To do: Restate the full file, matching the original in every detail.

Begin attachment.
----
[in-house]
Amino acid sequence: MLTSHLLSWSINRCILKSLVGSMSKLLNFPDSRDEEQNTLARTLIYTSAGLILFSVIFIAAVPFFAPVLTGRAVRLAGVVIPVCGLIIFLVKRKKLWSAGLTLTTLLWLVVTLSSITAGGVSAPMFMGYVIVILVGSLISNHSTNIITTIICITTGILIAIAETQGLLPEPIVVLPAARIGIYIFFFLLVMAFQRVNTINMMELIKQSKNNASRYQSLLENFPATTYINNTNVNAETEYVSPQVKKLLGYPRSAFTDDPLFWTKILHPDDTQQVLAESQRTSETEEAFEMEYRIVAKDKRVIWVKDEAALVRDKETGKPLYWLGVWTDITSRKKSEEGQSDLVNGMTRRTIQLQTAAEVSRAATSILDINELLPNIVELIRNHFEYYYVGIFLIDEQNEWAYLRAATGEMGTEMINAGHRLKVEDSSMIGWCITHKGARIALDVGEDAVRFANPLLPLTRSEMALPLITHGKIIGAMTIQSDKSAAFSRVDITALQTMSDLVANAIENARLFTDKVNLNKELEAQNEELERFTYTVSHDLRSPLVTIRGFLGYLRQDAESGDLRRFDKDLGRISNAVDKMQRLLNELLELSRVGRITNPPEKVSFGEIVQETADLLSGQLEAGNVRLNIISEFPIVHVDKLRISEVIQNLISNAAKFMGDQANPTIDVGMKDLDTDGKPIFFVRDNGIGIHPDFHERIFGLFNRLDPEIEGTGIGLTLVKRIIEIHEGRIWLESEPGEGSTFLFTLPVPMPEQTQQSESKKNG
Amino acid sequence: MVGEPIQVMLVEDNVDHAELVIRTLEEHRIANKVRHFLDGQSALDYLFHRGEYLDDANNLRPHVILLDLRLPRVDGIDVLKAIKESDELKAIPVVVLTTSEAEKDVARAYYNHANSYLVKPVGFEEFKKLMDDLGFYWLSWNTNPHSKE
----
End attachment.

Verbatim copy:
[in-house]
Amino acid sequence: MLTSHLLSWSINRCILKSLVGSMSKLLNFPDSRDEEQNTLARTLIYTSAGLILFSVIFIAAVPFFAPVLTGRAVRLAGVVIPVCGLIIFLVKRKKLWSAGLTLTTLLWLVVTLSSITAGGVSAPMFMGYVIVILVGSLISNHSTNIITTIICITTGILIAIAETQGLLPEPIVVLPAARIGIYIFFFLLVMAFQRVNTINMMELIKQSKNNASRYQSLLENFPATTYINNTNVNAETEYVSPQVKKLLGYPRSAFTDDPLFWTKILHPDDTQQVLAESQRTSETEEAFEMEYRIVAKDKRVIWVKDEAALVRDKETGKPLYWLGVWTDITSRKKSEEGQSDLVNGMTRRTIQLQTAAEVSRAATSILDINELLPNIVELIRNHFEYYYVGIFLIDEQNEWAYLRAATGEMGTEMINAGHRLKVEDSSMIGWCITHKGARIALDVGEDAVRFANPLLPLTRSEMALPLITHGKIIGAMTIQSDKSAAFSRVDITALQTMSDLVANAIENARLFTDKVNLNKELEAQNEELERFTYTVSHDLRSPLVTIRGFLGYLRQDAESGDLRRFDKDLGRISNAVDKMQRLLNELLELSRVGRITNPPEKVSFGEIVQETADLLSGQLEAGNVRLNIISEFPIVHVDKLRISEVIQNLISNAAKFMGDQANPTIDVGMKDLDTDGKPIFFVRDNGIGIHPDFHERIFGLFNRLDPEIEGTGIGLTLVKRIIEIHEGRIWLESEPGEGSTFLFTLPVPMPEQTQQSESKKNG
Amino acid sequence: MVGEPIQVMLVEDNVDHAELVIRTLEEHRIANKVRHFLDGQSALDYLFHRGEYLDDANNLRPHVILLDLRLPRVDGIDVLKAIKESDELKAIPVVVLTTSEAEKDVARAYYNHANSYLVKPVGFEEFKKLMDDLGFYWLSWNTNPHSKE